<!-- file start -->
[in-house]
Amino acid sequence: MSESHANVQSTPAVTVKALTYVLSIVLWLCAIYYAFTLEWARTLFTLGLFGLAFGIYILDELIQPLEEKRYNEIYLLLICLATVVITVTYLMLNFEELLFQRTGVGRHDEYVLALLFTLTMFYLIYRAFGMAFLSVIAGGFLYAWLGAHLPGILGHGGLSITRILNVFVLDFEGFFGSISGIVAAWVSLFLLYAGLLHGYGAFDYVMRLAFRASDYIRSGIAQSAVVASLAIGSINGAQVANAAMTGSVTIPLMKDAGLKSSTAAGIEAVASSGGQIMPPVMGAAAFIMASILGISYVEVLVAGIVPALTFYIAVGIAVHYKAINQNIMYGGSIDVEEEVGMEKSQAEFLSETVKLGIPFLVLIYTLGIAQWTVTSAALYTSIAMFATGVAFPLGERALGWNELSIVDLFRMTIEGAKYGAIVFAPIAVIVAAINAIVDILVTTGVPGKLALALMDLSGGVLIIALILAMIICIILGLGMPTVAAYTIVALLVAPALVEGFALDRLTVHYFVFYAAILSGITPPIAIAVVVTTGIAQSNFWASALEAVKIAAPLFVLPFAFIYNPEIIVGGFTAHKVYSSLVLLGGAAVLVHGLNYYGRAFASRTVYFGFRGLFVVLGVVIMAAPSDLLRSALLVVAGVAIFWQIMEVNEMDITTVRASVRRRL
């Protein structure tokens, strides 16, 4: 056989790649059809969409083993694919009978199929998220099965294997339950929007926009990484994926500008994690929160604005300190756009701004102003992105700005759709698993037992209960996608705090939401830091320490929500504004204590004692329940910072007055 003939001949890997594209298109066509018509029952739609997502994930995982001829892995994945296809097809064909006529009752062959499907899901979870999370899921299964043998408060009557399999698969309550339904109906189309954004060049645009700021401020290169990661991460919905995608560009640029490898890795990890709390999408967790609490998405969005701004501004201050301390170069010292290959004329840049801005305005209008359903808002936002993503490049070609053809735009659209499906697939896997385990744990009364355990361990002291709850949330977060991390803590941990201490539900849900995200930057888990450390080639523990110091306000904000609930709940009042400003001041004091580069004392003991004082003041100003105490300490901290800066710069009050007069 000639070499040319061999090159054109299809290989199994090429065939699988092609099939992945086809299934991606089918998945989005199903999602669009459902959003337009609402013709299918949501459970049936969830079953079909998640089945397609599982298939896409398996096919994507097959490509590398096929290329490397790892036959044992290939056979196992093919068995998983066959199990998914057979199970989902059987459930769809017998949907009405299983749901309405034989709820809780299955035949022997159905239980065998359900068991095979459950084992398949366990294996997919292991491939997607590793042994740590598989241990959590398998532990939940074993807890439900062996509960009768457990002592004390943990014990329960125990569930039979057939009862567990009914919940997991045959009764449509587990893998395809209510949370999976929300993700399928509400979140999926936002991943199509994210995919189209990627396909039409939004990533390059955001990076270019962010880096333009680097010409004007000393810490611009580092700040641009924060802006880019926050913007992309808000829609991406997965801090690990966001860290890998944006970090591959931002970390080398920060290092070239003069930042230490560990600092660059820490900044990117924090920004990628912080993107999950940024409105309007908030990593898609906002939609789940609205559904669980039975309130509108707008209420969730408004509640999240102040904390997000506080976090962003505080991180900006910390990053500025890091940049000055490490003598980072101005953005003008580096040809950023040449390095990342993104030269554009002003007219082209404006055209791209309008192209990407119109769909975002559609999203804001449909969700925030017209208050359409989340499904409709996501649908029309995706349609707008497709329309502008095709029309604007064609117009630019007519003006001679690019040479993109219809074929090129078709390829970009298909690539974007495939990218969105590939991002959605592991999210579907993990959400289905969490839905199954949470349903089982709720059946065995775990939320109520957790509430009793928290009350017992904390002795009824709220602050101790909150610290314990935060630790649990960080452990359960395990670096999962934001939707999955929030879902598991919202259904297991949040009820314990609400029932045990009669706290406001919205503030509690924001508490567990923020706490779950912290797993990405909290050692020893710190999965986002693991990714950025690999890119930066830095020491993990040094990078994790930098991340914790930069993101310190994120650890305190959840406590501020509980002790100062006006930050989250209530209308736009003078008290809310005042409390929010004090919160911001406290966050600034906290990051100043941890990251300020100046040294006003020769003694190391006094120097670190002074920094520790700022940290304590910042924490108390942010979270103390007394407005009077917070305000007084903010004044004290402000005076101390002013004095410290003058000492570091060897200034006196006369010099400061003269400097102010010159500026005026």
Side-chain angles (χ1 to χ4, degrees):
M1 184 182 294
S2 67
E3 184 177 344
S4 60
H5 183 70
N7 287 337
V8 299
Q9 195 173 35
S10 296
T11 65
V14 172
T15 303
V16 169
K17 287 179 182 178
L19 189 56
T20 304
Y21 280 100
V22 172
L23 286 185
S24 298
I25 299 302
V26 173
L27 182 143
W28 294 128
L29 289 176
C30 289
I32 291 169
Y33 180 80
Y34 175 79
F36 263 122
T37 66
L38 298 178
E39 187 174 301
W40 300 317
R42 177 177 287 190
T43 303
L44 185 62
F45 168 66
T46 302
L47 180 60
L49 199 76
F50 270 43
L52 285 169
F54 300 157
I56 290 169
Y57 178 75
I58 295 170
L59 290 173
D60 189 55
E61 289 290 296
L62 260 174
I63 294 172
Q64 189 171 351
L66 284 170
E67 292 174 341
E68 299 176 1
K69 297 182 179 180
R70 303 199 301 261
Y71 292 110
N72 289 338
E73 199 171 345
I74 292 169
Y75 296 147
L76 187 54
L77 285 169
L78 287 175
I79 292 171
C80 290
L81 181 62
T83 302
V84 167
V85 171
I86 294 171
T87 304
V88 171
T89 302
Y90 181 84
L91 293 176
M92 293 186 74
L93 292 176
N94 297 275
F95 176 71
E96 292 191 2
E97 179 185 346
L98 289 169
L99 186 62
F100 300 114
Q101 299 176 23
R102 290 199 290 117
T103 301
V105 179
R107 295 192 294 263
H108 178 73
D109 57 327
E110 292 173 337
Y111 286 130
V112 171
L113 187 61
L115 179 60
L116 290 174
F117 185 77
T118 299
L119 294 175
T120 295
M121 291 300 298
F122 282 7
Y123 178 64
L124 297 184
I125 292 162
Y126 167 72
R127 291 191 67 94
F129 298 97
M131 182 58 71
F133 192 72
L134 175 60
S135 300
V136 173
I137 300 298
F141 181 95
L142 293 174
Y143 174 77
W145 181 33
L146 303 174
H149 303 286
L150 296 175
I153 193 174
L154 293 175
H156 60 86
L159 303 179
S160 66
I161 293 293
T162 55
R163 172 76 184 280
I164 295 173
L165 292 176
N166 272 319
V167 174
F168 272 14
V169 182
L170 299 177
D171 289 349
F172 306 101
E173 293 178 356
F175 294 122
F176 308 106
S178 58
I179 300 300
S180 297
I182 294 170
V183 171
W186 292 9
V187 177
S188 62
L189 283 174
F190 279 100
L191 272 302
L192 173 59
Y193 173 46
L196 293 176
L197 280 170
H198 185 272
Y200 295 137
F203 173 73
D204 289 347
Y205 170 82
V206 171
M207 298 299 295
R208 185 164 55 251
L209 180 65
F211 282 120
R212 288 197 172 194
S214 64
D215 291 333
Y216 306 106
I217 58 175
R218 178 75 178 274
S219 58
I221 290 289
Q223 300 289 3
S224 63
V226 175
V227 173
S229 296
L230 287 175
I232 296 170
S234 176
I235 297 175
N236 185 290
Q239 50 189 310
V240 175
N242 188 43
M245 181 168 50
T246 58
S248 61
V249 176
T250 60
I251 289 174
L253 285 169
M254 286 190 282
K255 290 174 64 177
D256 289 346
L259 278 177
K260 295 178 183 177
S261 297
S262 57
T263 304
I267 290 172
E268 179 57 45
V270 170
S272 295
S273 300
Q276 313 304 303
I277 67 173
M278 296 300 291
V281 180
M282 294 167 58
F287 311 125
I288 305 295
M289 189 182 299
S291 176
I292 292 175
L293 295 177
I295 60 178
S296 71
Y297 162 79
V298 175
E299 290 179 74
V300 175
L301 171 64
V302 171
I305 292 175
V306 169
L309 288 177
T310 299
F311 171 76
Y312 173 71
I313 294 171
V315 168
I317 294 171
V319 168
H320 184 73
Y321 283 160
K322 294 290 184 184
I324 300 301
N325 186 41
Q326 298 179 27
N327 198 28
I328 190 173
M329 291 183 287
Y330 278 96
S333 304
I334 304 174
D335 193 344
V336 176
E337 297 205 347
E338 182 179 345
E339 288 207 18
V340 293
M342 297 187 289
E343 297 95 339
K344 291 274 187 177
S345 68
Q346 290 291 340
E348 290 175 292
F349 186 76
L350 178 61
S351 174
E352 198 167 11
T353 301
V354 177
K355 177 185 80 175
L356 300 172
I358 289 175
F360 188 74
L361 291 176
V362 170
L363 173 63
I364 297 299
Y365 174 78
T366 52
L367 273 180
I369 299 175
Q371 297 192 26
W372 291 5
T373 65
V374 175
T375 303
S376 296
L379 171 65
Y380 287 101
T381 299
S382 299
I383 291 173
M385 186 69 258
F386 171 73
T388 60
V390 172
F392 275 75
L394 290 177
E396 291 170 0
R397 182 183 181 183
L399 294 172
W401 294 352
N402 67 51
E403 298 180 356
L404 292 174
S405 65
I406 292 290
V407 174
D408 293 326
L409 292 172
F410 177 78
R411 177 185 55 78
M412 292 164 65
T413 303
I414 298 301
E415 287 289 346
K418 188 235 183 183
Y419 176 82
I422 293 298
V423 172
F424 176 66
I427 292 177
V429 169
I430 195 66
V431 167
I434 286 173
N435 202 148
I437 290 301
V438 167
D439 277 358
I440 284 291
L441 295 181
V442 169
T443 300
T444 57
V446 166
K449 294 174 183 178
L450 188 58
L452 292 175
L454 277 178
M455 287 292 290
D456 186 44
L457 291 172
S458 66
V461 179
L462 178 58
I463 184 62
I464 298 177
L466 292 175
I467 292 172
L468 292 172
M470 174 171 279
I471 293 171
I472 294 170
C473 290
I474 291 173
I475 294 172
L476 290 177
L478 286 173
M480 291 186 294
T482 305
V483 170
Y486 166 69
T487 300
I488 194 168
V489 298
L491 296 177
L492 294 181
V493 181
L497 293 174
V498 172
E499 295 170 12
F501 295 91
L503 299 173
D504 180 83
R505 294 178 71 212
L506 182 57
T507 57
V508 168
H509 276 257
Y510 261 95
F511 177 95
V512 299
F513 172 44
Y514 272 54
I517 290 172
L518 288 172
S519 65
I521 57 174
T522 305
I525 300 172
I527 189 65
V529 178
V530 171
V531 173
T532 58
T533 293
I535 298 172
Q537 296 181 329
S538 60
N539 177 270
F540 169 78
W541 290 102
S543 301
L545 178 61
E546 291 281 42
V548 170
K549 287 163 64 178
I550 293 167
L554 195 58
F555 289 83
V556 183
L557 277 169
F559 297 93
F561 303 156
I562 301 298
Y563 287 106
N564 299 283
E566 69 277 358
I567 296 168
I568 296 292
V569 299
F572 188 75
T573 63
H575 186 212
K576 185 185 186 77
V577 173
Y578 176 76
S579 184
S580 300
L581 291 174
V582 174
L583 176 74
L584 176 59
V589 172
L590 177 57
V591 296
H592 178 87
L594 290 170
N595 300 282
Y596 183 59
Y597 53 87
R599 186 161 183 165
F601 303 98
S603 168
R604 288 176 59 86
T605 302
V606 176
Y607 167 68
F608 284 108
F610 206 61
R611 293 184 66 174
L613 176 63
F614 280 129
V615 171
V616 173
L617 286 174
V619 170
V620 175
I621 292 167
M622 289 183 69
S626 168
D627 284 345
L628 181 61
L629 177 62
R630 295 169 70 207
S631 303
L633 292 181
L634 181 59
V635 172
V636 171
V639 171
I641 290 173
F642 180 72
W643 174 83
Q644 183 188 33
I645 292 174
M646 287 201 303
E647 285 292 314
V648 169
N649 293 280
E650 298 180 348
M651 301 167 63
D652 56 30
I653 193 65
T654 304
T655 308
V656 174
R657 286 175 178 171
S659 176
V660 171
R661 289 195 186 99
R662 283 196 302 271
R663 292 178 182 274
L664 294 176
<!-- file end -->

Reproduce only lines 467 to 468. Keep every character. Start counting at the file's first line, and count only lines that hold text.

S626 168
D627 284 345